Emilie Cook“Everything that comes after the filing of a petition often does little to address the trauma of the investigative process or the underlying instability that brought the family to the agency’s attention in the first place,” Emilie Cook says.

Emilie Cook is the preventative legal advocacy fellow at Emory University School of Law’s Barton Child Law and Policy Center. In her role, she supports and provides technical assistance to existing and emerging programs in about 30 states.

Cook leads monthly meetings with this cohort of programs, which she says all provide holistic legal representation, educate parents about their rights and ensure their access to financial and social services. They also collaborate with community organizations to address systemic issues, such as poverty and inadequate housing.

In the past year, Cook has seen more people attend meetings to share information and learn about the success of early programs, such as the FIRST Clinic, Legal Services of New Jersey’s Family Representation Project and Children’s Law Center of California’s Pre-Filing Representation Project. She says a lot of interest comes from a “long-overdue acknowledgement” that the existing child welfare system disproportionally harms Black, brown and impoverished families.

“Many people have long considered the child welfare case to be the solution to a given family’s problems, but as those who practice in this field know, the case itself can be incredibly harmful,” she says. “Everything that comes after the filing of a petition often does little to address the trauma of the investigative process or the underlying instability that brought the family to the agency’s attention in the first place.”

Kristen Foster, a dependency prevention attorney at the Maricopa County Office of Public Defense Services in Phoenix, connected with the cohort last fall as she began developing the county’s new Family Advocacy and Support Team Clinic. Like the FIRST Clinic, it aims to connect pregnant women with substance use disorders to vital treatment and prevent the removal of their infants at birth.

Kristen FosterKristen Foster consulted with FIRST Clinic while developing Maricopa County’s new Family Advocacy and Support Team Clinic in Arizona.

Foster hopes to eventually expand the program to connect families with different obstacles to the treatment and services they need to prevent the removal of their children. She says she already has learned valuable lessons from FIRST Clinic’s attorneys and others engaged in preventative legal advocacy.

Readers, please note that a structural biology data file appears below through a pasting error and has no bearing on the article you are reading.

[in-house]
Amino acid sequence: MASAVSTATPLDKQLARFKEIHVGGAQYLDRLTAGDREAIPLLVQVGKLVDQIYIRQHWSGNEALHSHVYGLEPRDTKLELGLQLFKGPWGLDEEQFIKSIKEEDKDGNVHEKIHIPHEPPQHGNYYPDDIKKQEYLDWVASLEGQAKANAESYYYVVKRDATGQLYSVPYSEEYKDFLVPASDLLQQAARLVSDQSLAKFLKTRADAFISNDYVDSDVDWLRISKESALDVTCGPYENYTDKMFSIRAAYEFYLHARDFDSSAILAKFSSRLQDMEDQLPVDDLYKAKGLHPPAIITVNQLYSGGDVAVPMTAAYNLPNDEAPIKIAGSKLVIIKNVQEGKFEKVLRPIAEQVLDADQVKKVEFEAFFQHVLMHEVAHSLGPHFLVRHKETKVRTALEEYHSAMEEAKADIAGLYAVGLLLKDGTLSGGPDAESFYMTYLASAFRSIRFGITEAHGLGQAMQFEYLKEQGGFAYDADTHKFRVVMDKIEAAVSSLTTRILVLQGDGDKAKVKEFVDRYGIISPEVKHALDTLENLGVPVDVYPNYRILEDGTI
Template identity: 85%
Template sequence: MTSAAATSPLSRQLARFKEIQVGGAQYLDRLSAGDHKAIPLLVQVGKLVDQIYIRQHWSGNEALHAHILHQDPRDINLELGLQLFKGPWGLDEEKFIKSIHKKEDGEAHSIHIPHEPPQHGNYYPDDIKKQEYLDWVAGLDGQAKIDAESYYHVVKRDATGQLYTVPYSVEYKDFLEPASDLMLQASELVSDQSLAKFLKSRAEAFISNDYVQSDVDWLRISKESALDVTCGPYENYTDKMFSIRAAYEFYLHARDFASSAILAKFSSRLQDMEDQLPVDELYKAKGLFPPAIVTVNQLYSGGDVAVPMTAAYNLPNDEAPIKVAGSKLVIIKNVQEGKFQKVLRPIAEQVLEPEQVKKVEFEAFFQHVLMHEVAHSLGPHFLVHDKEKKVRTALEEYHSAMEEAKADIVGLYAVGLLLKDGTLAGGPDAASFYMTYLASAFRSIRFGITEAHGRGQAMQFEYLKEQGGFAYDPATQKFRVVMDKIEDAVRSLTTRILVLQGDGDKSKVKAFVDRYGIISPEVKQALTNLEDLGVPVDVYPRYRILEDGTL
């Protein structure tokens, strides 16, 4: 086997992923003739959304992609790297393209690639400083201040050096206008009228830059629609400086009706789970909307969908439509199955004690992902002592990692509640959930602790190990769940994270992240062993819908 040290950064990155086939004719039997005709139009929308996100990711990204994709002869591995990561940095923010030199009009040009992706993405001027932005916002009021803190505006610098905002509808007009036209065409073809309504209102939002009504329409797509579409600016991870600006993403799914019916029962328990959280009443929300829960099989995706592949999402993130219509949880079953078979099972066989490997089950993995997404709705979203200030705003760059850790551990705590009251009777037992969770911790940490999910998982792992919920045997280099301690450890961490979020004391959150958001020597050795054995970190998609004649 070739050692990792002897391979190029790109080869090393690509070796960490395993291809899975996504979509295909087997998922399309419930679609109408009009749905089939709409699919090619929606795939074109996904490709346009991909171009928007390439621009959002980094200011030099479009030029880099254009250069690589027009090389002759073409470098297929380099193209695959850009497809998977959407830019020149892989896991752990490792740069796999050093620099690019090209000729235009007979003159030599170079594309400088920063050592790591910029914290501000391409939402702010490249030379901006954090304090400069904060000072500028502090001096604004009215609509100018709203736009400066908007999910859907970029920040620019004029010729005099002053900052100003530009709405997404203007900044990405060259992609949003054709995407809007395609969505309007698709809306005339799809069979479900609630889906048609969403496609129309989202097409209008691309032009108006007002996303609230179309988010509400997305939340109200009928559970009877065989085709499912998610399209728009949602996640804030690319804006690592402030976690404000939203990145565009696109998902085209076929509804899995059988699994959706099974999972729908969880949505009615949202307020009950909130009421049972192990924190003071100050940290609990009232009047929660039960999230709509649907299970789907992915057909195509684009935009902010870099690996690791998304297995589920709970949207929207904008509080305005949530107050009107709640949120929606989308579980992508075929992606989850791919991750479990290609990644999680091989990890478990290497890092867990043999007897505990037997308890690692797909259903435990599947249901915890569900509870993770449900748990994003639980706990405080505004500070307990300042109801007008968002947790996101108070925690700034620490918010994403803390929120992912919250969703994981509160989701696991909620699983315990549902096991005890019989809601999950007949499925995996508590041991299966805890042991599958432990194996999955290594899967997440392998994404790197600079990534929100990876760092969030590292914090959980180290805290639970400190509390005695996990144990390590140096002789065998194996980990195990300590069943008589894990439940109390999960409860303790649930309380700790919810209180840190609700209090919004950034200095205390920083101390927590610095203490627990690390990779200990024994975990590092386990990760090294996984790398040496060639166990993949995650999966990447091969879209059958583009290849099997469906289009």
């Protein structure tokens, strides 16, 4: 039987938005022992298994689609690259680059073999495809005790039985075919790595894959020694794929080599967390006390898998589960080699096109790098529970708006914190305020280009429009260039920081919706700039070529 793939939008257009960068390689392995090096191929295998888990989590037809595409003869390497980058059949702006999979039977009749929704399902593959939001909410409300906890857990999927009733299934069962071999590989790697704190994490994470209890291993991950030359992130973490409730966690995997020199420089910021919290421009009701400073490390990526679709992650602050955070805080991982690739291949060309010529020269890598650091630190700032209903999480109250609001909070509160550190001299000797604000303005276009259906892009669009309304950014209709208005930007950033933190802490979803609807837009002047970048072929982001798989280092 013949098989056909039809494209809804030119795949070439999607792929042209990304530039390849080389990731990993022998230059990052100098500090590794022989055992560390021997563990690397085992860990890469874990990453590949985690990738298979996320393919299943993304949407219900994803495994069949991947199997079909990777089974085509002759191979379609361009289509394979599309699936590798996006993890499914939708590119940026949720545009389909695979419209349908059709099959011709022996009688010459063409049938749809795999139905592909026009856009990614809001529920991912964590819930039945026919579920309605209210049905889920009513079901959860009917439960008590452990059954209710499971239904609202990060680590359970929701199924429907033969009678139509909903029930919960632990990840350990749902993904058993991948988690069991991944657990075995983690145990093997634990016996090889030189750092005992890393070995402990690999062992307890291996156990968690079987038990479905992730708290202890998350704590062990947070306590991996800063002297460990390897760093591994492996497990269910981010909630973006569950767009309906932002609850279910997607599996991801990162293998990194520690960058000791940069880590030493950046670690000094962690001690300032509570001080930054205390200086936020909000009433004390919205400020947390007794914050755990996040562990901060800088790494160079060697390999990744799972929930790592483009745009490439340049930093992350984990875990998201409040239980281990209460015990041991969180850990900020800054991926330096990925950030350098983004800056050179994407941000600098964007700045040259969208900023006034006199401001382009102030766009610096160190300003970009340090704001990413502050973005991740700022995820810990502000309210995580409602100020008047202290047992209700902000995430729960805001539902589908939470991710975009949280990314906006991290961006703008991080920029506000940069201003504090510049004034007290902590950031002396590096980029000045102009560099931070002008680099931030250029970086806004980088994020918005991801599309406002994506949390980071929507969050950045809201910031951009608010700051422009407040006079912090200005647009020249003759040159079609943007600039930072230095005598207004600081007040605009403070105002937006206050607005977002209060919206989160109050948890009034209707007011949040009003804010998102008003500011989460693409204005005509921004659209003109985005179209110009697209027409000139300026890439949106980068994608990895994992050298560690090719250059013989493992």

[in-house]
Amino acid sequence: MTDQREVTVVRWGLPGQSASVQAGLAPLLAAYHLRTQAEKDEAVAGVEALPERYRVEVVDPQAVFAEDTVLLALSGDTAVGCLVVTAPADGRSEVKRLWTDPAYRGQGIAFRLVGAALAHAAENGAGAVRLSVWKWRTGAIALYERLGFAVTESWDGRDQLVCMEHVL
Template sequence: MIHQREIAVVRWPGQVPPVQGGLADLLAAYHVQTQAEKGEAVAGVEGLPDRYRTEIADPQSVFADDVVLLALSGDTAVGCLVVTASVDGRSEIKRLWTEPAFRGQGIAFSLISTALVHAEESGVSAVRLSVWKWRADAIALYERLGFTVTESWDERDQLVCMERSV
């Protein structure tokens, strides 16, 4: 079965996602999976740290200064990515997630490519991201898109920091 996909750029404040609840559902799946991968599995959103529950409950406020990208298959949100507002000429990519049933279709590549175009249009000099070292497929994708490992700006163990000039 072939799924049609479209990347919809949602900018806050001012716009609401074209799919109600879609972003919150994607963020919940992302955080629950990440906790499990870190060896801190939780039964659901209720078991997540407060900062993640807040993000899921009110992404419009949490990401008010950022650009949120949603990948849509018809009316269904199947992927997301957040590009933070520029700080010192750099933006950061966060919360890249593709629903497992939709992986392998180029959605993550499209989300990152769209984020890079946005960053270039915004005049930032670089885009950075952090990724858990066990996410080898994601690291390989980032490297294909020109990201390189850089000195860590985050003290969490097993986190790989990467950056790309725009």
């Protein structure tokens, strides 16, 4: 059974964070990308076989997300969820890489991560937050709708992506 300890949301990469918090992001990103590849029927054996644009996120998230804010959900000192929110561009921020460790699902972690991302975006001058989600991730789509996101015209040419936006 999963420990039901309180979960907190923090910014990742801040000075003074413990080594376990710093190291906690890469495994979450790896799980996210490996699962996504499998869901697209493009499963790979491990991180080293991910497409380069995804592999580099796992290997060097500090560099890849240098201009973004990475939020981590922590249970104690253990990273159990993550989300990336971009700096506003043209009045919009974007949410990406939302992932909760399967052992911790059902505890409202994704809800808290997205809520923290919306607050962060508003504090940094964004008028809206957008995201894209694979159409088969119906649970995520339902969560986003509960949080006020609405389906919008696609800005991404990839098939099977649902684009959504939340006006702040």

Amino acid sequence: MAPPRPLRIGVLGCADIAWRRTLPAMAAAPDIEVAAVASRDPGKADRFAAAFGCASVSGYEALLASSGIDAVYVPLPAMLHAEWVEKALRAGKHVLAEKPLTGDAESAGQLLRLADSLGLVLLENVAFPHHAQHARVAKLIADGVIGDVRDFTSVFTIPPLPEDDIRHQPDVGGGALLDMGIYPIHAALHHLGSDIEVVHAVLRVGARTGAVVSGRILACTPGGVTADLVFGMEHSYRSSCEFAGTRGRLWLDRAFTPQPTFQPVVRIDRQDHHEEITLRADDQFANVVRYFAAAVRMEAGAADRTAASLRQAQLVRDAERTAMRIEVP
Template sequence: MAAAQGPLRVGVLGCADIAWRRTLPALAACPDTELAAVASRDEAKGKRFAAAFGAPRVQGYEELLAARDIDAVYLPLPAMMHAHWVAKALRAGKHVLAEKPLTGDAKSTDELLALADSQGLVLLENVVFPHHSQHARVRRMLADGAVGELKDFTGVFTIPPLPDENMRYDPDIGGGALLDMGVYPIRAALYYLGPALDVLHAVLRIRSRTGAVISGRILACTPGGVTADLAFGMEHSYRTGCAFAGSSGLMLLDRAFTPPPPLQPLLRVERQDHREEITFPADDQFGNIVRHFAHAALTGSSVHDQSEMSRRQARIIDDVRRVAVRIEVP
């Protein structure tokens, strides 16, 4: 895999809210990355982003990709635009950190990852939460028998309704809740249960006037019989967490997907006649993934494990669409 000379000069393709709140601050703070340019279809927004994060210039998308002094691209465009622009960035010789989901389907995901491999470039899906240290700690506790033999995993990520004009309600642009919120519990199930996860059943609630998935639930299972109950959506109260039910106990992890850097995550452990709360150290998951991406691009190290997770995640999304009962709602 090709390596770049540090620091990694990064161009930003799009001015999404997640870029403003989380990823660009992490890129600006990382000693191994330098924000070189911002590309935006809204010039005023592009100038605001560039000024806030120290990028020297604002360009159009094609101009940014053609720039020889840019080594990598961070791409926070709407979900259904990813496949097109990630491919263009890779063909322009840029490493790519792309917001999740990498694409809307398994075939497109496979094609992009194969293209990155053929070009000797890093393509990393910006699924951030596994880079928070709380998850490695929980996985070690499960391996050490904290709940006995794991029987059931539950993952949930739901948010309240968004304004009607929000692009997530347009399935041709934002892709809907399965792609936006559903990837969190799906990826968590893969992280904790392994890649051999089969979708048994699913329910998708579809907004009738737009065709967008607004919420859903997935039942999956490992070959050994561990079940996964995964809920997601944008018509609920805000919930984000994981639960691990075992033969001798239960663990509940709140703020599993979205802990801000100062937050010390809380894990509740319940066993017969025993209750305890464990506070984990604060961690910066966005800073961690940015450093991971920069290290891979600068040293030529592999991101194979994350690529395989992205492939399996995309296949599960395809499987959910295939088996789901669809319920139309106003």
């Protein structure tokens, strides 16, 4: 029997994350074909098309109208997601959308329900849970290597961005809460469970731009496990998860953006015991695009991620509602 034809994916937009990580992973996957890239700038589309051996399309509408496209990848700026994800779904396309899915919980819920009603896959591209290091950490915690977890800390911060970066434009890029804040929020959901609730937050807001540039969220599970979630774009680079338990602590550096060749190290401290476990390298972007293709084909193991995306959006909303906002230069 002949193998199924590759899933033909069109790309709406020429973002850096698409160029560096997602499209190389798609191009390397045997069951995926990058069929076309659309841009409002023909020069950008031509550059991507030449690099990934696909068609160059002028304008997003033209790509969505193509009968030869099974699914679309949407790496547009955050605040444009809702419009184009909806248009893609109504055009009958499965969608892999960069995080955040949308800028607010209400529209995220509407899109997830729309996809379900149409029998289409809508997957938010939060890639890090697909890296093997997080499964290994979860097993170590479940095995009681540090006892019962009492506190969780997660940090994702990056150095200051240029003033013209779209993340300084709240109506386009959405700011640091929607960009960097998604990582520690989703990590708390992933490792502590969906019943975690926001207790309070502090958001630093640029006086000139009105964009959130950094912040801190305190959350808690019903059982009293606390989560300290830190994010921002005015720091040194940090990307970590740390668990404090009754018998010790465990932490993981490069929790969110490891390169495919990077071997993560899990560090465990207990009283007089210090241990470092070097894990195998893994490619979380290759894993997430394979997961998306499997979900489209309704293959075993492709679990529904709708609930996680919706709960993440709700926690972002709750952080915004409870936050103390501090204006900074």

“They offer insight into developing programs that seek to provide proactive legal help instead of the traditional reactive legal defense,” Foster says. “Sometimes the strangeness of proactive legal work in the area of family preservation feels daunting, and it is very helpful to me to know that others are doing it successfully and effectively.”

In August 2022, the FIRST Clinic provided insight into its work as the co-host of the Washington State Perinatal and Parenting with Substance Use Summit, which convened stakeholders from law, medicine, nursing, social work, housing and substance use treatment. Ballout adds that he and his colleagues hope they also can organize a national summit that focuses on preventative legal advocacy.

Since Justice’s involvement with the FIRST Clinic, she has become closer to her three older children, who are now 19, 16 and 8. She also went back to college and received her associate degree in legal administrative assistance. She interned at the ABC Law Group before joining the FIRST Clinic as its second parent ally in August 2022.

To Justice, there is nothing greater than sharing her story and helping doctors and social workers understand how important it is to keep children with their parents.

“It meant everything to me,” says Justice, who was featured as one of the ABA Center on Children and the Law’s Reunification Heroes this year. “For the first time in my life, I felt safe, supported, respected and even loved.”

The FIRST Clinic “gave me a second chance at being a mother not only to my youngest but to all my children—a gift I will forever be grateful for,” she adds.

This feature is part of the ABA Journal’s Children & the Law series exploring children’s law and juvenile justice.

See also:

“ABA groups are working to promote and increase medical-legal partnerships”